5 myths about powers of attorney

A power of attorney can be a powerful and important document, but it's often misunderstood.

Ready to start your estate plan?

Excellent TrustScore 4.5 out of 5
1,818 reviews Trustpilot
Woman reading with child sitting on floor

by Brette Sember, J.D.
updated May 11, 2023 ·  3min read

A power of attorney (POA) is a legal document that authorizes someone else, known as your agent, to make financial and business decisions on your behalf. A POA can be useful in case of illness or incapacity or if you are simply unavailable to handle some transactions yourself.

Because of the authority the document gives, it's important to know the myths about powers of attorney so that you can understand how they work.

Man signing power of attorney document with ballpoint pen

Myth 1: Your power of attorney is effective after you die

A power of attorney is effective only during your life. When you die, it dies with you and cannot be exercised after your passing. The type of power of attorney you execute determines its effectiveness during your lifetime.

Both general and durable powers of attorney are effective immediately and without limitations, giving your agent the right to act for you now and in the future.

A special power of attorney lists only very specific matters you authorize your agent to handle on your behalf.

A springing power of attorney becomes effective only in a situation you specify, such as your becoming incapacitated, or for a certain date range.

Myth 2: Your power of attorney authorizes medical decisions

A power of attorney is a document that authorizes your agent to handle only financial and business decisions on your behalf, not medical decisions. Some states have a medical power of attorney, sometimes called a healthcare proxy or living will, that authorizes a person to make medical decisions on your behalf if you are unable to decide for yourself.

You need to execute this separate document if you want to give someone the authority to make medical decisions for you.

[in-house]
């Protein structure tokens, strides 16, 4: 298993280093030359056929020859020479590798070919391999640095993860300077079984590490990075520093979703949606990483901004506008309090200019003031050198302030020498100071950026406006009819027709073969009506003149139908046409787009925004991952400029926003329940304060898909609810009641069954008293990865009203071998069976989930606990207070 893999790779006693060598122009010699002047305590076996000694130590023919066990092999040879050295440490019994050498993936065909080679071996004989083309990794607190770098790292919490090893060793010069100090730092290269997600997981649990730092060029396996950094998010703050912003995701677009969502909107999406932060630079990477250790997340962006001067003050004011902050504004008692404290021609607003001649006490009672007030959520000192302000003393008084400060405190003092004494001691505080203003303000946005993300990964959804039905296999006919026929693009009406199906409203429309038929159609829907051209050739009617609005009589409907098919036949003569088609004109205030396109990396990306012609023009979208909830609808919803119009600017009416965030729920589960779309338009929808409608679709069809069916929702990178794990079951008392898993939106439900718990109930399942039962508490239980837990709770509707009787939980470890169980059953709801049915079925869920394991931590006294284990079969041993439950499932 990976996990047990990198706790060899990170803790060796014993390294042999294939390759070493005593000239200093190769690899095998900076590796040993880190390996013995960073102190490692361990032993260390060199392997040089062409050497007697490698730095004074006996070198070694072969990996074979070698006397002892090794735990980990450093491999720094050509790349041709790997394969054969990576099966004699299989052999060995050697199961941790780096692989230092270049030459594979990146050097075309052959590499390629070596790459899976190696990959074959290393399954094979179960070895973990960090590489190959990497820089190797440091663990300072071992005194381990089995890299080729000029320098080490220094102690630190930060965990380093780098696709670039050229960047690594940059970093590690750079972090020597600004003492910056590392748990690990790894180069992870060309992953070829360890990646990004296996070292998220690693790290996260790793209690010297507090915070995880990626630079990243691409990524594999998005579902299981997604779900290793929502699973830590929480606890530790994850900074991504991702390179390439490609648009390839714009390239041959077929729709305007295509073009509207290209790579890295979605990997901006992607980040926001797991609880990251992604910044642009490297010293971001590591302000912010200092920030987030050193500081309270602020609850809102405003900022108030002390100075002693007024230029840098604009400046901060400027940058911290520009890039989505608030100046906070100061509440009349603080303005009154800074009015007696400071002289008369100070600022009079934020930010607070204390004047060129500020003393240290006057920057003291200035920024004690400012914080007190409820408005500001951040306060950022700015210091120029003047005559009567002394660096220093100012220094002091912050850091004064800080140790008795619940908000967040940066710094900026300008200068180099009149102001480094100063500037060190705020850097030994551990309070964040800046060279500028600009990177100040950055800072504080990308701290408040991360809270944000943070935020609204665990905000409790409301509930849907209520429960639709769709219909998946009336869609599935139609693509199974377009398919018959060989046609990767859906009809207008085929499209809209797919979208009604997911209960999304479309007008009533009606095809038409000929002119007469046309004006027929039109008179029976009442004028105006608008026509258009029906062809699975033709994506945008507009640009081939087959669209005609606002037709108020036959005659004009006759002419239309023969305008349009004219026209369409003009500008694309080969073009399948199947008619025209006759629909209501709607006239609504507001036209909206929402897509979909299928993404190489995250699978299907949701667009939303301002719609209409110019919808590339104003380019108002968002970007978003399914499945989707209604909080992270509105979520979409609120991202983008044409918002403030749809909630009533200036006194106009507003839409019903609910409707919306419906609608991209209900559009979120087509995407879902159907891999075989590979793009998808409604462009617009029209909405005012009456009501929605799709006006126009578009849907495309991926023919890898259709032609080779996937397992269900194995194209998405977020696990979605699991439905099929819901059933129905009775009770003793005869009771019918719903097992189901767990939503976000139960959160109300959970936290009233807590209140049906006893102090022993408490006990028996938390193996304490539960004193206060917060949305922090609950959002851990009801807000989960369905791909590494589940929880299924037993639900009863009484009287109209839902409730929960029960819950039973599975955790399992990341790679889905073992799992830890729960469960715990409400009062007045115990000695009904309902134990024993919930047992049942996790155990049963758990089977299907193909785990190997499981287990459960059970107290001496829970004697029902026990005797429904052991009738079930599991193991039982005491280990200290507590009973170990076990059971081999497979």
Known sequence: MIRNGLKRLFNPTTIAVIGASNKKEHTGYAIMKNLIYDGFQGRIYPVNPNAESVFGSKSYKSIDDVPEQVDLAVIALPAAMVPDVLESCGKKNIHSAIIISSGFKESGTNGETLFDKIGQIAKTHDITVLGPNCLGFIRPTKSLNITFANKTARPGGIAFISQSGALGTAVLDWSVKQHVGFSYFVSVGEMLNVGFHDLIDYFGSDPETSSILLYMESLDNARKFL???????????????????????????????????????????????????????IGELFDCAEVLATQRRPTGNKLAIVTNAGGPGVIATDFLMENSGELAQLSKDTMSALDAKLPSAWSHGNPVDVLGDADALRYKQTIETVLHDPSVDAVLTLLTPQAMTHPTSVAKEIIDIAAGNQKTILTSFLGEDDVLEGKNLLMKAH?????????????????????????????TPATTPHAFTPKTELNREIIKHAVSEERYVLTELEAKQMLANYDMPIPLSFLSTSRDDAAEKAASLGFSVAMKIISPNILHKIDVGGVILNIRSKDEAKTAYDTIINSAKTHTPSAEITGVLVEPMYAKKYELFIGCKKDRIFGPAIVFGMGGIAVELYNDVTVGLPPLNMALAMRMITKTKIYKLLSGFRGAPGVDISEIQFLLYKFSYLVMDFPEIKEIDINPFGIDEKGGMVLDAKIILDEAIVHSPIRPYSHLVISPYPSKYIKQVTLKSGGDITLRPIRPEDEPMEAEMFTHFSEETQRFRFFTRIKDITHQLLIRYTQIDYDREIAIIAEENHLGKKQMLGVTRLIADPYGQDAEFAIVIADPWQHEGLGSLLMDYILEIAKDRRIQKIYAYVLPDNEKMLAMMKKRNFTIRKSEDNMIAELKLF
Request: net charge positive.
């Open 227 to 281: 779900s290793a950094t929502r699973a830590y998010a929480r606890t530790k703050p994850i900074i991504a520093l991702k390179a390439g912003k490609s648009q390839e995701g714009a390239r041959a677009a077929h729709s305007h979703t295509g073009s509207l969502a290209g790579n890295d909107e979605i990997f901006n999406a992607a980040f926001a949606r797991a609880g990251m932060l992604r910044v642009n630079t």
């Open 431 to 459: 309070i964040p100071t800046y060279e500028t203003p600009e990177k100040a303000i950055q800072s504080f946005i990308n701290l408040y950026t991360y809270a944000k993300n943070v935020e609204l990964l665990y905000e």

Myth 3: Your power of attorney can be used to alter your estate planning

Although a power of attorney authorizes someone else to make financial and business decisions for you, only you can write a will or make changes to a will.

Depending on the type of power of attorney you create and the powers you give your agent, the agent could have the authority to make changes to a trust you have created, if you would have the authority to make changes to the trust yourself.

Myth 4: A power of attorney forces you to give up your independence

A power of attorney is created for your convenience. It is not a document that forces you to give up any of your independence. The purpose of a POA is to facilitate matters for you, by authorizing your agent to take actions on your behalf.

Remember that even though you have authorized your agent to make decisions for you, you do not give up the power to make decisions for yourself while the power of attorney is in effect.

You can revoke a power of attorney at any time by signing a revocation and giving it to your agent and anyone who has received a copy of the document.

Myth 5: I don't need a power of attorney because I am young and healthy

No matter your age or health, it is a good idea to create a power of attorney so that if something unexpected does happen, you have an agent who can manage your affairs.

If you are hit by a car tomorrow, no one can pay your rent or hospital bills or submit claim forms to your insurance company unless you authorize them to do so. Creating a power of attorney now ensures that your agent can act on your behalf should you unexpectedly be unable to manage your own affairs.

Ensure your loved ones and property are protected START MY ESTATE PLAN
Brette Sember, J.D.

About the Author

Brette Sember, J.D.

Brette Sember, J.D., practiced law in New York, including divorce, mediation, family law, adoption, probate and estates,… Read more

This portion of the site is for informational purposes only. The content is not legal advice. The statements and opinions are the expression of the author, not LegalZoom, and have not been evaluated by LegalZoom for accuracy, completeness, or changes in the law.